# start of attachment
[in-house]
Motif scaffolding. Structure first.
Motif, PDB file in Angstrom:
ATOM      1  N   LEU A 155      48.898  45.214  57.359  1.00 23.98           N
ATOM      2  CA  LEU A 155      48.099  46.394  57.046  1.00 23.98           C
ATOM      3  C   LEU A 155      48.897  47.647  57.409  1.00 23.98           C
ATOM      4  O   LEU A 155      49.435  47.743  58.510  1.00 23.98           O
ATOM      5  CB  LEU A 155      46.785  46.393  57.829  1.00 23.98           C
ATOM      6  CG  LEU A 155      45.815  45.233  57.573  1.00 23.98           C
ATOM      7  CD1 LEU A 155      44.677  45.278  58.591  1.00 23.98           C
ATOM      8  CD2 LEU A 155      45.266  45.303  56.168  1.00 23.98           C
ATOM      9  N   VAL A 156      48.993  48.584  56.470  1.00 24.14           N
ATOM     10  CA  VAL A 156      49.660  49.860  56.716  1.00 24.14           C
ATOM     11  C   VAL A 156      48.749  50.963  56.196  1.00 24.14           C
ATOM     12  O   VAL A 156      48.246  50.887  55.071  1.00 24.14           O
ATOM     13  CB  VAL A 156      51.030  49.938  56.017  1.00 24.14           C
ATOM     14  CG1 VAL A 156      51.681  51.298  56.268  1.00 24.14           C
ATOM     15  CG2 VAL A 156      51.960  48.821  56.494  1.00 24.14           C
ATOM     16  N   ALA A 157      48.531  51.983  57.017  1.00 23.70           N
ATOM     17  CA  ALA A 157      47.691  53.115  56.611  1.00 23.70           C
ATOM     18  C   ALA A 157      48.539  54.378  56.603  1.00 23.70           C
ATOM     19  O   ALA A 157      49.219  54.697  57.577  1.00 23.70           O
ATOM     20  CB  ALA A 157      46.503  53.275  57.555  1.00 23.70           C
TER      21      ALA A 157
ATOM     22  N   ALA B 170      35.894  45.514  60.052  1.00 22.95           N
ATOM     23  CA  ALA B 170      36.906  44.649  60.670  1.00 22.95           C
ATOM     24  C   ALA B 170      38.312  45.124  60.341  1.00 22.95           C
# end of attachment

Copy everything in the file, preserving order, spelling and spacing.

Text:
[in-house]
Motif scaffolding. Structure first.
Motif, PDB file in Angstrom:
ATOM      1  N   LEU A 155      48.898  45.214  57.359  1.00 23.98           N
ATOM      2  CA  LEU A 155      48.099  46.394  57.046  1.00 23.98           C
ATOM      3  C   LEU A 155      48.897  47.647  57.409  1.00 23.98           C
ATOM      4  O   LEU A 155      49.435  47.743  58.510  1.00 23.98           O
ATOM      5  CB  LEU A 155      46.785  46.393  57.829  1.00 23.98           C
ATOM      6  CG  LEU A 155      45.815  45.233  57.573  1.00 23.98           C
ATOM      7  CD1 LEU A 155      44.677  45.278  58.591  1.00 23.98           C
ATOM      8  CD2 LEU A 155      45.266  45.303  56.168  1.00 23.98           C
ATOM      9  N   VAL A 156      48.993  48.584  56.470  1.00 24.14           N
ATOM     10  CA  VAL A 156      49.660  49.860  56.716  1.00 24.14           C
ATOM     11  C   VAL A 156      48.749  50.963  56.196  1.00 24.14           C
ATOM     12  O   VAL A 156      48.246  50.887  55.071  1.00 24.14           O
ATOM     13  CB  VAL A 156      51.030  49.938  56.017  1.00 24.14           C
ATOM     14  CG1 VAL A 156      51.681  51.298  56.268  1.00 24.14           C
ATOM     15  CG2 VAL A 156      51.960  48.821  56.494  1.00 24.14           C
ATOM     16  N   ALA A 157      48.531  51.983  57.017  1.00 23.70           N
ATOM     17  CA  ALA A 157      47.691  53.115  56.611  1.00 23.70           C
ATOM     18  C   ALA A 157      48.539  54.378  56.603  1.00 23.70           C
ATOM     19  O   ALA A 157      49.219  54.697  57.577  1.00 23.70           O
ATOM     20  CB  ALA A 157      46.503  53.275  57.555  1.00 23.70           C
TER      21      ALA A 157
ATOM     22  N   ALA B 170      35.894  45.514  60.052  1.00 22.95           N
ATOM     23  CA  ALA B 170      36.906  44.649  60.670  1.00 22.95           C
ATOM     24  C   ALA B 170      38.312  45.124  60.341  1.00 22.95           C